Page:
Annie Lennox

AP Photo/Mark J. Terrill

The ever-charitable Annie Lennox is devoting some time to a whole new cause: Her own recovery.

The ethereal songbird is currently recovering at her London home after undergoing spinal surgery last week to release an impinged nerve, an injury which cut short her appearance at an AIDS conference in Mexico and which left her feeling "a bit like Elizabeth Taylor."

"The surgery went as planned, and Annie is now recuperating at home," an official statement posted to her website read. "Annie would like to send her thanks and appreciation to all that have sent their well wishes in the past few days."

The 53-year-old former Eurythmics frontwoman has been chronicling her malady on her official blog, first revealing her pain on Aug. 10.

"I should have been attending the final press blitz of the week, but my back suddenly went into spasm last night, giving me more pain than I've ever experienced in my life, and a totally numb left foot!!" she wrote, adding that, coincidentally enough, a chiropractors' conference was being held at her Mexico City hotel, providing some much-needed onsite medical assistance.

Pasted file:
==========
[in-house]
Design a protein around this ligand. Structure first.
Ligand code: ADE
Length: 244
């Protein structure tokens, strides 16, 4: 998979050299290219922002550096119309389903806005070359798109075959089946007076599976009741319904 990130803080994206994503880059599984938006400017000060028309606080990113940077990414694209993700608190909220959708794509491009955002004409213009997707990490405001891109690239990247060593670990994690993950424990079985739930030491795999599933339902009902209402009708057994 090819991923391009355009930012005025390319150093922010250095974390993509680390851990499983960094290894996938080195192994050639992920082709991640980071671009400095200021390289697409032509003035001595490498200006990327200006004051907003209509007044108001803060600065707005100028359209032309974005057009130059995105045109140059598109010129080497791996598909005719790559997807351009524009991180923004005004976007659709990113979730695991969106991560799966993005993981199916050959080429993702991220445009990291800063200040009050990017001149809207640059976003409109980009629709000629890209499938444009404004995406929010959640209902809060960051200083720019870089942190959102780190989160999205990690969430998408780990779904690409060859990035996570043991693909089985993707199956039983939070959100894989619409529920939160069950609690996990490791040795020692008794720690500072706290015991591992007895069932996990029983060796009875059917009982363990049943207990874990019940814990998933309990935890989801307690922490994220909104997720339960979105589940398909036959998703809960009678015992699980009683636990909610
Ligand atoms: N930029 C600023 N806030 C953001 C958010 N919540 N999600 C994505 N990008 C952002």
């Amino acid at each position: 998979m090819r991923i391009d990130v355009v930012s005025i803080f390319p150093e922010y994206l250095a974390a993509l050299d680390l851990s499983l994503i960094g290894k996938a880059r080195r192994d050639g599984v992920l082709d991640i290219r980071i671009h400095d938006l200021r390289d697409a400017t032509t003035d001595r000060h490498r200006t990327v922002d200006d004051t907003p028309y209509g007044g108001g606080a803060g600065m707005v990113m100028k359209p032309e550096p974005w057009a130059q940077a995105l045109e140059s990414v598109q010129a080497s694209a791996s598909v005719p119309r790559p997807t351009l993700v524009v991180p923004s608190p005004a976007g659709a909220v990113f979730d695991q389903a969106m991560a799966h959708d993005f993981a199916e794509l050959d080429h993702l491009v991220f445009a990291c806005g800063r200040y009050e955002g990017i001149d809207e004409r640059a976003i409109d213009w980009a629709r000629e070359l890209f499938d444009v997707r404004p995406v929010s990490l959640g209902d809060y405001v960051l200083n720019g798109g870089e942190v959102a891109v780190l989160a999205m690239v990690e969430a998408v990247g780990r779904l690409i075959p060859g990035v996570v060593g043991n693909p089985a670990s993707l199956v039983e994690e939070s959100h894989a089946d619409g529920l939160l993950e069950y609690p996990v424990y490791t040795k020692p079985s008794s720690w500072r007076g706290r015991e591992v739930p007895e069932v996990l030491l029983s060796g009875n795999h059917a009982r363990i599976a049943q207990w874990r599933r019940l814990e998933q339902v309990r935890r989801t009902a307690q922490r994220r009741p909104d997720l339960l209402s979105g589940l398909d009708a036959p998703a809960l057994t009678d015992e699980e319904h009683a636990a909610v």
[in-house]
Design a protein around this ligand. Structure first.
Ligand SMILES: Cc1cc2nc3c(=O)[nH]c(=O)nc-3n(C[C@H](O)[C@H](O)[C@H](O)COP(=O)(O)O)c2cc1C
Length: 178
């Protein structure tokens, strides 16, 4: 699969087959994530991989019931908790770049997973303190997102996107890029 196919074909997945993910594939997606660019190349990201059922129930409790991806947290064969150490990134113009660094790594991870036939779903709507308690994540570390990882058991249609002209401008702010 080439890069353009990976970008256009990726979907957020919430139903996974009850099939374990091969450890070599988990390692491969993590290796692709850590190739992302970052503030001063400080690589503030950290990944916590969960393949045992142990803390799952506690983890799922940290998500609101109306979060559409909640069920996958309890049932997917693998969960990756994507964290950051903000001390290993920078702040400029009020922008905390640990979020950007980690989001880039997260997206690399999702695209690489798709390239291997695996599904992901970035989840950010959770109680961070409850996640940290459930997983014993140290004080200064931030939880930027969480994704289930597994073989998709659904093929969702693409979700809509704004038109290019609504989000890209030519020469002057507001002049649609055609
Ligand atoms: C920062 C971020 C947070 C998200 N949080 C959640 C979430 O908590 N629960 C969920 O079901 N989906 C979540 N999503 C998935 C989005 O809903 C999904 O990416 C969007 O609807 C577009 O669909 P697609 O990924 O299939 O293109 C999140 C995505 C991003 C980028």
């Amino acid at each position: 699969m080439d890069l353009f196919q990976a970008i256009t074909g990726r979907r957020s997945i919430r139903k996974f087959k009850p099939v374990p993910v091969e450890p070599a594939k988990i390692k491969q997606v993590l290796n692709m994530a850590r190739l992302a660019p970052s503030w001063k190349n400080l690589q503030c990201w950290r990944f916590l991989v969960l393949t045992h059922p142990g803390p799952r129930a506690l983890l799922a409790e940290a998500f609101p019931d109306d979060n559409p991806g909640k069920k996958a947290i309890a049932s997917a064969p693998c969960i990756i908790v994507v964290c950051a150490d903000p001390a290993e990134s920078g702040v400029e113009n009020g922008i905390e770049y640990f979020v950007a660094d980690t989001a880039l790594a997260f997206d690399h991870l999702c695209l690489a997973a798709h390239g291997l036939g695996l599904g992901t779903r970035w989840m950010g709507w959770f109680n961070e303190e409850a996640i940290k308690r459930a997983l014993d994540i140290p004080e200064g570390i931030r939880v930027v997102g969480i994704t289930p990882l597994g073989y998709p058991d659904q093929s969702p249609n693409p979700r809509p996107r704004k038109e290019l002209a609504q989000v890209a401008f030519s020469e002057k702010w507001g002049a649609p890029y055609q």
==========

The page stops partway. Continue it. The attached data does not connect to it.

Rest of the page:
"A very nice doctor from Cancun had given my aching vertebra some adjustments, and a great big cortisone shot, which should help me to get to the airport tonight!! I'm gutted, of course, because I was really primed up to attend the media event, but at this point in time, I'm actually having difficulty getting out of bed."

She followed up with another post the next day.

"I came back to the U.K. and got wheeled off the plane…A first I must say! Felt a bit like Elizabeth Taylor! Got an MRI scan this morning, and am now sitting up in bed with my left foot like a dead fish…freezing and numb. I'm going to have to get myself a crutch and a parrot, so I can fob myself off as a pirate…"

As a result of her injury, the release of Lennox's forthcoming album, a retrospective of 14 hit songs, has been postponed from next month to next year.

"Some of my plans and schemes have had to be put on hold," she said, "because there's not much I can do if I can't walk properly."

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